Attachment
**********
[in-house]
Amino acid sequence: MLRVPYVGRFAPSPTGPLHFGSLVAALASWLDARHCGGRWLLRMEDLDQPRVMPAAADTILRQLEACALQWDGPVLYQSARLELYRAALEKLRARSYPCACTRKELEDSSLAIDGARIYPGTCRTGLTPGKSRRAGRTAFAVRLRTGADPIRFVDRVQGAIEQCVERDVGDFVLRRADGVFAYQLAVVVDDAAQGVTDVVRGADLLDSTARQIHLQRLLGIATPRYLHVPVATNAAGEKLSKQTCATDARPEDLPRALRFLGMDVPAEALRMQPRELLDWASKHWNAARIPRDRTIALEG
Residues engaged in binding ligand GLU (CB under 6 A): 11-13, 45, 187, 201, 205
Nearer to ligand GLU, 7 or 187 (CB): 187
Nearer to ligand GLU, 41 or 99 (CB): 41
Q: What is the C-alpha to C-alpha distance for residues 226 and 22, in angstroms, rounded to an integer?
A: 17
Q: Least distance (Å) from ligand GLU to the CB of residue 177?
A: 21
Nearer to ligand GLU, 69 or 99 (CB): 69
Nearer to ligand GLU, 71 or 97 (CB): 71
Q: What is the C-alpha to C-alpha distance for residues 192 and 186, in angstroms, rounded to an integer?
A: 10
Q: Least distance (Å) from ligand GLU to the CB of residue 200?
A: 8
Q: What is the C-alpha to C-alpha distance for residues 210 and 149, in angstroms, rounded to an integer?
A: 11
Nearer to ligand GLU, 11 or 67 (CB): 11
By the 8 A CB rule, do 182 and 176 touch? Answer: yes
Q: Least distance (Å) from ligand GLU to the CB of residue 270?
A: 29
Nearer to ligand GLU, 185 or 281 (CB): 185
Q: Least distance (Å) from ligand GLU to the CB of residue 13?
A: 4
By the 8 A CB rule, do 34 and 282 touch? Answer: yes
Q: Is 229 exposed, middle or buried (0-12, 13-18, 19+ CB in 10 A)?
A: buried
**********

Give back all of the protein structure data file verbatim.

[in-house]
Amino acid sequence: MLRVPYVGRFAPSPTGPLHFGSLVAALASWLDARHCGGRWLLRMEDLDQPRVMPAAADTILRQLEACALQWDGPVLYQSARLELYRAALEKLRARSYPCACTRKELEDSSLAIDGARIYPGTCRTGLTPGKSRRAGRTAFAVRLRTGADPIRFVDRVQGAIEQCVERDVGDFVLRRADGVFAYQLAVVVDDAAQGVTDVVRGADLLDSTARQIHLQRLLGIATPRYLHVPVATNAAGEKLSKQTCATDARPEDLPRALRFLGMDVPAEALRMQPRELLDWASKHWNAARIPRDRTIALEG
Residues engaged in binding ligand GLU (CB under 6 A): 11-13, 45, 187, 201, 205
Nearer to ligand GLU, 7 or 187 (CB): 187
Nearer to ligand GLU, 41 or 99 (CB): 41
Q: What is the C-alpha to C-alpha distance for residues 226 and 22, in angstroms, rounded to an integer?
A: 17
Q: Least distance (Å) from ligand GLU to the CB of residue 177?
A: 21
Nearer to ligand GLU, 69 or 99 (CB): 69
Nearer to ligand GLU, 71 or 97 (CB): 71
Q: What is the C-alpha to C-alpha distance for residues 192 and 186, in angstroms, rounded to an integer?
A: 10
Q: Least distance (Å) from ligand GLU to the CB of residue 200?
A: 8
Q: What is the C-alpha to C-alpha distance for residues 210 and 149, in angstroms, rounded to an integer?
A: 11
Nearer to ligand GLU, 11 or 67 (CB): 11
By the 8 A CB rule, do 182 and 176 touch? Answer: yes
Q: Least distance (Å) from ligand GLU to the CB of residue 270?
A: 29
Nearer to ligand GLU, 185 or 281 (CB): 185
Q: Least distance (Å) from ligand GLU to the CB of residue 13?
A: 4
By the 8 A CB rule, do 34 and 282 touch? Answer: yes
Q: Is 229 exposed, middle or buried (0-12, 13-18, 19+ CB in 10 A)?
A: buried